I'll say it on behalf of tall women everywhere: Don't stoop to the haters' level.
Being a teenage girl is hard. Being a teenage girl who's taller than all of the boys (and all of the girls, and most of the teachers) is even harder. This I know from experience. I'm 6'2", and have been this tall since the 7th grade.
But being a super-tall teenage girl who happens to live in the White House? I can't even imagine how tough that is.
Ever since Barack Obama hit the campaign trail in 2007, he and others have implored the press to grant his daughters some privacy. As his eldest, Malia, reaches her teenage years, I'm having flashbacks to coverage of 15-year-old Chelsea Clinton. I remember seeing photos of Chelsea's braces and frizzy hair in 1995, when I, too, was a supremely awkward adolescent. Seeing her splashed across the pages of People made me feel, perhaps for the first time, grateful to be tucked away in a small town in Iowa rather than on the national stage in Washington.
In recent months, the press has taken to commenting on how tall Malia Obama has gotten. Last week, the Los Angeles Times published an article on a blog of "oddities, musings, and news from the health world" speculating about the cause of her growth spurt. (Uh, genetics? Her parents are both tall.) Every time I see one of these asinine articles about Malia's height, I have a little "Leave Britney alone!" moment.
My protective mama-bear reaction is rooted in personal experience. Most of us didn't grow up in the White House, but all super-tall girls can identify with being forced into the spotlight. I have a conversation with a stranger about my height at least once a day. Ask anyone who's ever walked down the street with me, and they can attest: People are not shy about commenting on how tall I am. To be this tall is to be very, very visible. Today, it's merely annoying. When I was a teenager, it was mortifying.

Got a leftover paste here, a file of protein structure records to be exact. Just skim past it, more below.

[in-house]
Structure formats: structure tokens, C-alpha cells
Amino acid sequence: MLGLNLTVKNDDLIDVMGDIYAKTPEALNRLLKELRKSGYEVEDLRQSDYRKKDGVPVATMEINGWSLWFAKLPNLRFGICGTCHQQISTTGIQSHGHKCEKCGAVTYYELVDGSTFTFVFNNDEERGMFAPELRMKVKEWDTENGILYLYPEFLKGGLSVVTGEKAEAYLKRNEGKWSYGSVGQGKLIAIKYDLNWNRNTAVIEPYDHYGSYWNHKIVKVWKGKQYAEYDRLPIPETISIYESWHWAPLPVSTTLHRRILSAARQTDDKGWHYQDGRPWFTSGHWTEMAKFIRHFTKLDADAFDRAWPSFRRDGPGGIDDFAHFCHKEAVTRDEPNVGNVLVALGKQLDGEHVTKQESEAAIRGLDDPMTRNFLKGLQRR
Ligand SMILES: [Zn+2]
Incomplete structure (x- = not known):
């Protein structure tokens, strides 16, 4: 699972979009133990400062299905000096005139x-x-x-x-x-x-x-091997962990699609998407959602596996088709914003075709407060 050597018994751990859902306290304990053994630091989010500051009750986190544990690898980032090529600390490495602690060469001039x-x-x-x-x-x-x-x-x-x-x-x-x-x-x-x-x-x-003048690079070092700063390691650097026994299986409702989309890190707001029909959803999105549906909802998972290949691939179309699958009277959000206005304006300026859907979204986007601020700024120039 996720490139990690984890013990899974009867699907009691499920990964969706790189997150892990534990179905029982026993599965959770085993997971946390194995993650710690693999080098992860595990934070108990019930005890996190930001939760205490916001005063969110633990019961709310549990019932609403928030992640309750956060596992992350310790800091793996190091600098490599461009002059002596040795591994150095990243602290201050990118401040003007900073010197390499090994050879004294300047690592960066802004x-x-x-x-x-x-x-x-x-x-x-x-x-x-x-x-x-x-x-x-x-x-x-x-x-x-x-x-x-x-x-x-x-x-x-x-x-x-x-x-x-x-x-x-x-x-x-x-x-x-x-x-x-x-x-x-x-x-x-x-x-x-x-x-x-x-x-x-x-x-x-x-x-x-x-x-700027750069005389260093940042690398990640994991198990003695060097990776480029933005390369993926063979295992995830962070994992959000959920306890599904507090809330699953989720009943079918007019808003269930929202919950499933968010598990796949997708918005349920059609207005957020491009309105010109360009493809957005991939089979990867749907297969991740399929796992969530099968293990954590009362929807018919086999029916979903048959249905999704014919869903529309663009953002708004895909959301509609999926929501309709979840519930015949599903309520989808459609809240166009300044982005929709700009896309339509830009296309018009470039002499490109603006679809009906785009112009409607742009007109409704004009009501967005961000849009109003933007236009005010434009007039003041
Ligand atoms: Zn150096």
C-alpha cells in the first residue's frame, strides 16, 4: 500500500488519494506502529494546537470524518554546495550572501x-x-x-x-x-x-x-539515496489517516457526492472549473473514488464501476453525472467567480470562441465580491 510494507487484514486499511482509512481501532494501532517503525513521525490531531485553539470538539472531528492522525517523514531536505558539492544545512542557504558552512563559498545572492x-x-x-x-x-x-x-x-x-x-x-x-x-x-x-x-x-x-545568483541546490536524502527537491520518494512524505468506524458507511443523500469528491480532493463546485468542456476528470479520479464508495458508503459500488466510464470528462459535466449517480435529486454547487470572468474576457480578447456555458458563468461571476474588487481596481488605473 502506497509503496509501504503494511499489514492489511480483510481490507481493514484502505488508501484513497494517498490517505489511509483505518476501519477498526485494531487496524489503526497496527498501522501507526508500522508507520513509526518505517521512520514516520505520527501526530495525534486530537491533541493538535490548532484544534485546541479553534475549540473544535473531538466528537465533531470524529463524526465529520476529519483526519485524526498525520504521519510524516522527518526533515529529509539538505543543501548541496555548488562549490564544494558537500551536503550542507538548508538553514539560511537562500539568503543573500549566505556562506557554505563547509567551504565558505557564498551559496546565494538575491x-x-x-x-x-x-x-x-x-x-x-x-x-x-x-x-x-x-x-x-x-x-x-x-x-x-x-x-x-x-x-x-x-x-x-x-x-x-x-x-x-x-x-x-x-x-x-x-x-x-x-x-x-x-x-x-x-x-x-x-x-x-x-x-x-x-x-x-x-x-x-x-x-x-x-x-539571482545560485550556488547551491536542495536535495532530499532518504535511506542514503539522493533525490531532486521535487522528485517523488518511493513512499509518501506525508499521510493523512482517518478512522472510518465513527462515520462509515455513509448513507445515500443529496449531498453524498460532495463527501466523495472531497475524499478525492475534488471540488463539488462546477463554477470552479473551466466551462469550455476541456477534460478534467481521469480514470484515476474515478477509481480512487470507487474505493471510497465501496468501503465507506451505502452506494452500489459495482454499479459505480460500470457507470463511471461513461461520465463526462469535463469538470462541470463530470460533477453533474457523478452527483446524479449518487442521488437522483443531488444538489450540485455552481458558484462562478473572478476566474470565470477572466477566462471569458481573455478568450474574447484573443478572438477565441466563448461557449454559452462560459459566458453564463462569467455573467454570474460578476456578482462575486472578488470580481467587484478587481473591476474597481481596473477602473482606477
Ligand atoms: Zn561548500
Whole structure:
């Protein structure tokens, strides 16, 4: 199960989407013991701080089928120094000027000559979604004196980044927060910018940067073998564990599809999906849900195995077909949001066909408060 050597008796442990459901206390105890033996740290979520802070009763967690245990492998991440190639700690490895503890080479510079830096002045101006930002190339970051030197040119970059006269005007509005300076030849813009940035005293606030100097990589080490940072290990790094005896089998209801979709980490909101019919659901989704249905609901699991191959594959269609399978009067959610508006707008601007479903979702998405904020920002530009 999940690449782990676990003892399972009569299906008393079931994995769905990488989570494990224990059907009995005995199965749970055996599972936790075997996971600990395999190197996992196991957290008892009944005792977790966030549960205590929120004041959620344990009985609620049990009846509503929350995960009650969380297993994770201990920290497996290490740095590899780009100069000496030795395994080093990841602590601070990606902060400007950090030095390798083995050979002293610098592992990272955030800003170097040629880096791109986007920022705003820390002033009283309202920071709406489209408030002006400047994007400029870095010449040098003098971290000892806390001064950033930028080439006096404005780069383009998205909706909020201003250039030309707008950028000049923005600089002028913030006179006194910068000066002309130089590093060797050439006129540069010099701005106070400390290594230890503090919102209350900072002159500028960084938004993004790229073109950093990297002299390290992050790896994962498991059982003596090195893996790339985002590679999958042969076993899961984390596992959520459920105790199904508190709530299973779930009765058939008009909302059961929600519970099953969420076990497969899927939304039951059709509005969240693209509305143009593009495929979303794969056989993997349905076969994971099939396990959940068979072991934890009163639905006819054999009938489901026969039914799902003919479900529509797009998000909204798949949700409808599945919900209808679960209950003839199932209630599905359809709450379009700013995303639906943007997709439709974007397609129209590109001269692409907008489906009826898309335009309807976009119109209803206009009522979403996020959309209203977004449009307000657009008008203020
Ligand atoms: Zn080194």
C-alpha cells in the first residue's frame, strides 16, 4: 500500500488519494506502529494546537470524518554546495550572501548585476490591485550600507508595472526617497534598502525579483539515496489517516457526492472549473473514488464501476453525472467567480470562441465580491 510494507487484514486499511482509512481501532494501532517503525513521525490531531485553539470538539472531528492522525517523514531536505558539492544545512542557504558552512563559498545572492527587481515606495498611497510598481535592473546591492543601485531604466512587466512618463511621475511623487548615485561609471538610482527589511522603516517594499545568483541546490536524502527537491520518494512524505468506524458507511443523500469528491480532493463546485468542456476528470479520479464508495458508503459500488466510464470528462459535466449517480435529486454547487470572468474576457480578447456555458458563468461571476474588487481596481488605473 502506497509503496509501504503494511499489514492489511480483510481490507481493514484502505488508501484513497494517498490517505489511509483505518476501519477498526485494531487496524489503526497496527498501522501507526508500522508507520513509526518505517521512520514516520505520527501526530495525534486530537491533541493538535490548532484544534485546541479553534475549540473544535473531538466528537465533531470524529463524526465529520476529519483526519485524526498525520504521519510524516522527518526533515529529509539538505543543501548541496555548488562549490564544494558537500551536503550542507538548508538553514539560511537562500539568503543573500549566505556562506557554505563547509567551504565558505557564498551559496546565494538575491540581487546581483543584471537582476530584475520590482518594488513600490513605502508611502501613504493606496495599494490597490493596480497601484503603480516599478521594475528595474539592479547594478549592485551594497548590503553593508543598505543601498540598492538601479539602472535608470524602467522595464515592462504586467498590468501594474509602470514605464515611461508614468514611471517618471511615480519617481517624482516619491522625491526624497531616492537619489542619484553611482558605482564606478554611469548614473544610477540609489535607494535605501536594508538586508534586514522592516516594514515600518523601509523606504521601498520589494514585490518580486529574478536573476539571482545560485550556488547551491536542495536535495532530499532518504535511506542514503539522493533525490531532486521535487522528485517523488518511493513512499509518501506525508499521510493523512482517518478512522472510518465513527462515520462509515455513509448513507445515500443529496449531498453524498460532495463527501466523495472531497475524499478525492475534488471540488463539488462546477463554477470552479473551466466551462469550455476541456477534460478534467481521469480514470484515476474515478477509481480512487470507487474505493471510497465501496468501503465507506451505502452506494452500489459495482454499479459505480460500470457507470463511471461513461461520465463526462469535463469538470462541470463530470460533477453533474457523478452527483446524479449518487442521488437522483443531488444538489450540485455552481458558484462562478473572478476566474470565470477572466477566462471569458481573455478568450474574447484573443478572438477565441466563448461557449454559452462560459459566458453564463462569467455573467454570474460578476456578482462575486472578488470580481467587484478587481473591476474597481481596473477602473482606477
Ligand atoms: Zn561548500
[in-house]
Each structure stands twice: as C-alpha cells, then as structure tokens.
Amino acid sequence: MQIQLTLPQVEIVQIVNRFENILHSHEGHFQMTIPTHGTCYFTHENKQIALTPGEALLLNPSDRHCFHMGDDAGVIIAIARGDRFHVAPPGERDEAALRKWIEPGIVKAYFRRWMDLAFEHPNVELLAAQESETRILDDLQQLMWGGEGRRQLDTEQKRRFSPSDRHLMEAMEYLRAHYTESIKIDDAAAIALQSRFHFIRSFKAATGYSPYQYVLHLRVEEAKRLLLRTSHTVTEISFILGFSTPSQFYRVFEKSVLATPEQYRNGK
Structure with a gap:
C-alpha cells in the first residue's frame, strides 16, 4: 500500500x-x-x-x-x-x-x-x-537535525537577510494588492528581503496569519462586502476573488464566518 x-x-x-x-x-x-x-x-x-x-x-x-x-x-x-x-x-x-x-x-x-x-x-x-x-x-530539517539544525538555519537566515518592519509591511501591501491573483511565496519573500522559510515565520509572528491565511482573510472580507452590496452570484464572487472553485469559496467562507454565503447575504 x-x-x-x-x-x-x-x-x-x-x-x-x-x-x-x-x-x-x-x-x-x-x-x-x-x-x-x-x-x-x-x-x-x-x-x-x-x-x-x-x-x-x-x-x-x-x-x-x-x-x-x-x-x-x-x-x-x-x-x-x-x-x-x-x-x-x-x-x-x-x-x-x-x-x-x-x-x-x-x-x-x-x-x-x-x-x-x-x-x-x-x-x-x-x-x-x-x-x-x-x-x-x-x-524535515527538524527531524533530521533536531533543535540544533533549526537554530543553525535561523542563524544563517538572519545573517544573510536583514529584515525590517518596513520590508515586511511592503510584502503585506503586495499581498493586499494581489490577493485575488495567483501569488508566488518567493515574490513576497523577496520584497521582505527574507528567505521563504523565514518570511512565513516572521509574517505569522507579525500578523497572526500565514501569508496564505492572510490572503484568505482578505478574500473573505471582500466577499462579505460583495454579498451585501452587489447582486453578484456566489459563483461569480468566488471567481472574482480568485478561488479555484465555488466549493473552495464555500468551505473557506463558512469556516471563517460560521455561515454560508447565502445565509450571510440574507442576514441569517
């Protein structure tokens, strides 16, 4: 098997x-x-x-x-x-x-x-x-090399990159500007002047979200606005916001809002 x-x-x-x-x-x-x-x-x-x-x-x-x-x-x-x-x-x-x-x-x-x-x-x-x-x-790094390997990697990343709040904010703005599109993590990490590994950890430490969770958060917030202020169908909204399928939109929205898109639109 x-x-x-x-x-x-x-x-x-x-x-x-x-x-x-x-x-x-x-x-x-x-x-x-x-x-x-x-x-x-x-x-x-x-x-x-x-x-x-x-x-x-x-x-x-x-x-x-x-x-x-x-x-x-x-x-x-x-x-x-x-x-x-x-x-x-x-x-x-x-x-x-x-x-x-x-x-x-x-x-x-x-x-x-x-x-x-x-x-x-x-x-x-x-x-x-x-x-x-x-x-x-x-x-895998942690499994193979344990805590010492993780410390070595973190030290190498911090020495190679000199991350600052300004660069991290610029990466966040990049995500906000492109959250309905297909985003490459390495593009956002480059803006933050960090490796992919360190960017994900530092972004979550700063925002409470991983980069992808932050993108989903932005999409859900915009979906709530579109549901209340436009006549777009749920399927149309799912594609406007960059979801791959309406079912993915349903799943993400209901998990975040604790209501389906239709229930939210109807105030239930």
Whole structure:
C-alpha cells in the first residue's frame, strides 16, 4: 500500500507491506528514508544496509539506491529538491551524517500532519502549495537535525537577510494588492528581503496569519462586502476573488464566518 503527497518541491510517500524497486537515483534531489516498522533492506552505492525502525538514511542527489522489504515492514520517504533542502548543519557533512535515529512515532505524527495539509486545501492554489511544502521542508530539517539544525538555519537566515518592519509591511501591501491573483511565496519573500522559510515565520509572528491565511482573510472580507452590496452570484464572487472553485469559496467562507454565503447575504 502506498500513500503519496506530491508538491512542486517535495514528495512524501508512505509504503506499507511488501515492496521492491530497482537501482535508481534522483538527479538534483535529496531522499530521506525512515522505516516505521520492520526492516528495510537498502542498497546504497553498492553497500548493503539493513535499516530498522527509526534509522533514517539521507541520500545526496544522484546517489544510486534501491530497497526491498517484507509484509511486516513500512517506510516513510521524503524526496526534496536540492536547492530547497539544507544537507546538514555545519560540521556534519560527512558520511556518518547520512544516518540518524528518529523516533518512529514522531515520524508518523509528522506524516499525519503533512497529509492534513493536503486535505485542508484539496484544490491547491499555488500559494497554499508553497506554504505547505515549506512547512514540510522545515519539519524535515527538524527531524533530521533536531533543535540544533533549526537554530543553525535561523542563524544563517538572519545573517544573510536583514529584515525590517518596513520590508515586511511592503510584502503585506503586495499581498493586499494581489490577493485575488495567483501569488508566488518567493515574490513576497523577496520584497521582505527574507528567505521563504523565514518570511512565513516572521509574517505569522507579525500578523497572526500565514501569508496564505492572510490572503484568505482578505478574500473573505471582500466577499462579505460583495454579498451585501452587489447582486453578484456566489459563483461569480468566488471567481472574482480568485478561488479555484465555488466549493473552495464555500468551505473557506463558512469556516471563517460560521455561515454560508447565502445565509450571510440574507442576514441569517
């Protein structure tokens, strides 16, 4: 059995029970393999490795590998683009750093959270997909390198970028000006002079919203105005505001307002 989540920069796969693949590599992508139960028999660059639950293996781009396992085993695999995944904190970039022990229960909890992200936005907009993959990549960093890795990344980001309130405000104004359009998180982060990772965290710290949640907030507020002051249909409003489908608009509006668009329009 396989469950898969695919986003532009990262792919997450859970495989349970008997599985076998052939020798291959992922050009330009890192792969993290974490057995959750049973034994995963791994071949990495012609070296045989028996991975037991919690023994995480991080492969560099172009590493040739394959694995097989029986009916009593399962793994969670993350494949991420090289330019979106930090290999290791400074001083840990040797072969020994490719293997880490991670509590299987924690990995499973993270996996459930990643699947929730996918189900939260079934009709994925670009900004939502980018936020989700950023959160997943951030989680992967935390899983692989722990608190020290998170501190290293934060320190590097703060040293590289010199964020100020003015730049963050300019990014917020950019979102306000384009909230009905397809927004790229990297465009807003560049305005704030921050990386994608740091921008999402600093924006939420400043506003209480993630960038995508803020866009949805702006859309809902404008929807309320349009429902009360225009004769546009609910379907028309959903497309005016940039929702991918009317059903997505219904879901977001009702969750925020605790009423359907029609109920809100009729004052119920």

At a societal level, seeing women's height as an oddity or unfortunate condition has had serious health consequences. For decades, endocrinologists administered shots of estrogen to teen girls projected to be taller than 6 feet in order to stop their growth. The reason? Women that tall were considered unmarriageable. The consequences? Many have experienced fertility problems later in life. While it seems barbaric to inject pre-teen girls with hormones so they can meet what is essentially a beauty standard, this is not ancient history. In The Tall Book, journalist Arianne Cohen writes that as of 2002, 137 of 411 endocrinologists surveyed were still offering height-reduction treatments.
Cohen, who is 6'3", recounts that her junior-high school classmates called her "a tall hideous she-man." I was called similar things, and worse. Malia doesn't need to deal with a million tabloid articles making stupid remarks about her height. For lanky ladies, puberty is traumatic enough.